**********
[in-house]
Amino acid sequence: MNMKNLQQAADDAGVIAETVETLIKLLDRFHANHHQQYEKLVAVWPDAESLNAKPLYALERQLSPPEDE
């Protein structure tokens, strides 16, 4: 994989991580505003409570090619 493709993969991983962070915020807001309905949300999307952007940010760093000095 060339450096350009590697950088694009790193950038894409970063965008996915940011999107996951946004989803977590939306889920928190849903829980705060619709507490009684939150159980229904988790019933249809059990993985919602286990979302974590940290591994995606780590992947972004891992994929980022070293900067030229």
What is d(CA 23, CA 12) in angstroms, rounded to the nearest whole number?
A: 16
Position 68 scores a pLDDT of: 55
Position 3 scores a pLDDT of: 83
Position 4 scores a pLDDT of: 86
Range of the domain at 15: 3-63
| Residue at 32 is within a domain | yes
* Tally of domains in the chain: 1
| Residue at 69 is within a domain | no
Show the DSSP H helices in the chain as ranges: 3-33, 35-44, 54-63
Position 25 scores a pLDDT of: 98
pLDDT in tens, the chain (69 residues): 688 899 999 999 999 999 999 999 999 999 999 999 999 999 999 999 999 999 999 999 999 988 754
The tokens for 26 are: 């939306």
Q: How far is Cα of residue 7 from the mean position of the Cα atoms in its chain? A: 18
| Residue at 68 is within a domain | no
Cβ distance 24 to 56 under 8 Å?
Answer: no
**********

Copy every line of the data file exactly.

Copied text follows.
[in-house]
Amino acid sequence: MNMKNLQQAADDAGVIAETVETLIKLLDRFHANHHQQYEKLVAVWPDAESLNAKPLYALERQLSPPEDE
């Protein structure tokens, strides 16, 4: 994989991580505003409570090619 493709993969991983962070915020807001309905949300999307952007940010760093000095 060339450096350009590697950088694009790193950038894409970063965008996915940011999107996951946004989803977590939306889920928190849903829980705060619709507490009684939150159980229904988790019933249809059990993985919602286990979302974590940290591994995606780590992947972004891992994929980022070293900067030229």
What is d(CA 23, CA 12) in angstroms, rounded to the nearest whole number?
A: 16
Position 68 scores a pLDDT of: 55
Position 3 scores a pLDDT of: 83
Position 4 scores a pLDDT of: 86
Range of the domain at 15: 3-63
| Residue at 32 is within a domain | yes
* Tally of domains in the chain: 1
| Residue at 69 is within a domain | no
Show the DSSP H helices in the chain as ranges: 3-33, 35-44, 54-63
Position 25 scores a pLDDT of: 98
pLDDT in tens, the chain (69 residues): 688 899 999 999 999 999 999 999 999 999 999 999 999 999 999 999 999 999 999 999 999 988 754
The tokens for 26 are: 């939306």
Q: How far is Cα of residue 7 from the mean position of the Cα atoms in its chain? A: 18
| Residue at 68 is within a domain | no
Cβ distance 24 to 56 under 8 Å?
Answer: no